CSP Frequently Asked Questions
Q: What is the purpose of the China Scholars Program (CSP)?
A: The CSP’s goal is to offer high-achieving high school students across the United States a comprehensive, distance-learning course on contemporary China, with an emphasis on how the United States and China have influenced and understood each other in recent history. Current issues are placed in broader historical and cultural contexts, and both American and Chinese viewpoints are represented.
CSP students explore China from different disciplinary perspectives, with guest lecturers providing a depth of expertise not usually accessible to high school students.
Q: Who is eligible to apply to the CSP?
A: Any rising high school sophomore, junior, or senior in the United States is eligible to apply. Applications from gap-year students may be considered. Students who apply to the CSP should be self-motivated, genuinely interested in learning about China, and excited about interacting with other high school students across the United States.
Applicants may include those who have exhausted every possible opportunity to learn about China and want more, as well as those who have never had the opportunity to take a course on China but are intellectually curious about it. Many of the participants want to be challenged to a far greater extent than their high schools can provide. Students from diverse backgrounds are encouraged to apply. Students based outside of the U.S. engaged in a U.S.-style education may be eligible to apply, considered on a case-by-case basis.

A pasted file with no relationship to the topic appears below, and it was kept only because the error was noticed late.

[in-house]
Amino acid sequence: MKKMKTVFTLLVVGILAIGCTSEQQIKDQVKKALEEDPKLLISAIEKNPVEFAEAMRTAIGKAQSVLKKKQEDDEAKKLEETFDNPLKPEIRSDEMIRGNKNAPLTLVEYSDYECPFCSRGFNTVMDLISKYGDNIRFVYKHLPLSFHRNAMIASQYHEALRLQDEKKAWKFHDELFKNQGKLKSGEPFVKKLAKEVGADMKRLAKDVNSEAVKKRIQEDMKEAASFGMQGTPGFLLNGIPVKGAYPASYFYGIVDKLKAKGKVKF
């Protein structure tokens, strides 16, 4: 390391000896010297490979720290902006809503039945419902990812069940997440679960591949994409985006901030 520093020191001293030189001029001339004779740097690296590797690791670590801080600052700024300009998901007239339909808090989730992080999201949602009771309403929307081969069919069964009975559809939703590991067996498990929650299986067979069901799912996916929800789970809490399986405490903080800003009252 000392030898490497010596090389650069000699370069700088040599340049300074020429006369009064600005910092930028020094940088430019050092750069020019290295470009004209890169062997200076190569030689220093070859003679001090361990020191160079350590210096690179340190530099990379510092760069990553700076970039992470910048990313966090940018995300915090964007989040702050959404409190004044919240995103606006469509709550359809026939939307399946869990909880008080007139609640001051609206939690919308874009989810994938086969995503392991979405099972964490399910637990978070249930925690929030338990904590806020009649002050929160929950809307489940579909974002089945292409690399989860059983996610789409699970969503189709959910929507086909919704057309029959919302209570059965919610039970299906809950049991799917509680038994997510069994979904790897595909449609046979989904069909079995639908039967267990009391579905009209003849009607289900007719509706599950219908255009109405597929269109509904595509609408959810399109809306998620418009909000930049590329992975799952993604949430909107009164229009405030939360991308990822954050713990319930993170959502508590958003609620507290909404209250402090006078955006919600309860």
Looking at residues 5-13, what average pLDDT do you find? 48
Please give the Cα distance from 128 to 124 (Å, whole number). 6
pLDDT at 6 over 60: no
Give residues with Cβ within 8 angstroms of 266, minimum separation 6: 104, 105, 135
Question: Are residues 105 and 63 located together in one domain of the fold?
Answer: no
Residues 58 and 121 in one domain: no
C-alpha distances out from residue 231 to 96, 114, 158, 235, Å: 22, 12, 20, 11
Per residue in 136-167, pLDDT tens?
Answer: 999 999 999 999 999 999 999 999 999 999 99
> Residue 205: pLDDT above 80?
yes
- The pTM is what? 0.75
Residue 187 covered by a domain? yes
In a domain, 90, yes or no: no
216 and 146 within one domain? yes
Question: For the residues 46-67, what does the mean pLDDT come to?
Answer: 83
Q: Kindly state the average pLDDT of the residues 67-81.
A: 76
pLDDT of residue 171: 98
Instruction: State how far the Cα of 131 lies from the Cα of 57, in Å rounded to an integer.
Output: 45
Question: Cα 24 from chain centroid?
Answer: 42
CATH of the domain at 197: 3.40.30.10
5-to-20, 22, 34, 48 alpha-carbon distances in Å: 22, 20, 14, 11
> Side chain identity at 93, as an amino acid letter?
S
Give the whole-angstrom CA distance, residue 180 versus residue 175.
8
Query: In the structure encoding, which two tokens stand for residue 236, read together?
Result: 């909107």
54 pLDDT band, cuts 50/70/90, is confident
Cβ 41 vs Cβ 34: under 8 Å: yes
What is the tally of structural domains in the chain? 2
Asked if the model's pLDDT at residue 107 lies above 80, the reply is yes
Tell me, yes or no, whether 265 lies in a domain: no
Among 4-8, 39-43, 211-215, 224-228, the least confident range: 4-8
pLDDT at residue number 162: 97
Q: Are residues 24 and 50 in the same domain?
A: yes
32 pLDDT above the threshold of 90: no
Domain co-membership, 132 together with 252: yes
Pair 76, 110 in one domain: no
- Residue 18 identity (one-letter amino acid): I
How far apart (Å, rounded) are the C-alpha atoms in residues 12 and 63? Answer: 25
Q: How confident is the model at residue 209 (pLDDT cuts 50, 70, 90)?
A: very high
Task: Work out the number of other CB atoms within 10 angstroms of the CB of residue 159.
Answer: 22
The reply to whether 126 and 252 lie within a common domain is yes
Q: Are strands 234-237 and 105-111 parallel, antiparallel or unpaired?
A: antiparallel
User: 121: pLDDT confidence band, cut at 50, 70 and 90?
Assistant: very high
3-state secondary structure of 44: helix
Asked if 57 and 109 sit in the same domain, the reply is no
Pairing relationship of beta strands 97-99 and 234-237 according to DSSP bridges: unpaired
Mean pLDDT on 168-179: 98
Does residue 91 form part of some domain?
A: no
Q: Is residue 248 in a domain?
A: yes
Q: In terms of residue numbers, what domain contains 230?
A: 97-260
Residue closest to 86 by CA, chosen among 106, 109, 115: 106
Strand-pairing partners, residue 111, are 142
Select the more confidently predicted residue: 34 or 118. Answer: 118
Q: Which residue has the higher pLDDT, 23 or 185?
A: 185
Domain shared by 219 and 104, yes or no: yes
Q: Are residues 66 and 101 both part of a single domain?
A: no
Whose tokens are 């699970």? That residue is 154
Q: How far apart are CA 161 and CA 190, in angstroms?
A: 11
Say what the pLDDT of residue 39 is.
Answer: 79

Q: What are the selection criteria?
A: Admission is competitive, based on consideration of academic record, writing and analytical ability, success in managing competing priorities, and demonstrated interest in China.
Q: How much time should students expect to dedicate to the CSP?
A: Students typically spend about 6 hours per week on the CSP, though this varies according to student background and circumstances. See above for coursework requirements. Participation in the VC sessions on Zoom is required; these typically take place on Thursday evenings 6:00–7:30pm Pacific Time, but at least one Friday evening may be required. This time best accommodates all students across the United States, from Hawaii to the East Coast.
Q: How is the CSP coursework structured?
A: The course is organized in a series of modules, each lasting 1 to 2 weeks, and each addressing a specific theme, such as “U.S.–China political relations,” “the Chinese-American experience,” or “fighting climate change.” For each module, students will:
- listen to one or more pre-recorded lecture(s) by a leading scholar or expert on the featured topic;
- complete a series of readings (including some that students may choose from a weekly list, according to their interests);
- participate in online written discussion with classmates;
- complete a short writing assignment or quiz; and
- participate in real-time discussion during a weekly or bi-weekly “virtual classroom” (VC) session with the instructor and a guest discussant (often the scholar who recorded the lecture).
In addition, students spend several weeks working on an independent research paper on a topic of their choice. Students will also share their work in their home communities.
Q: What makes the CSP unique?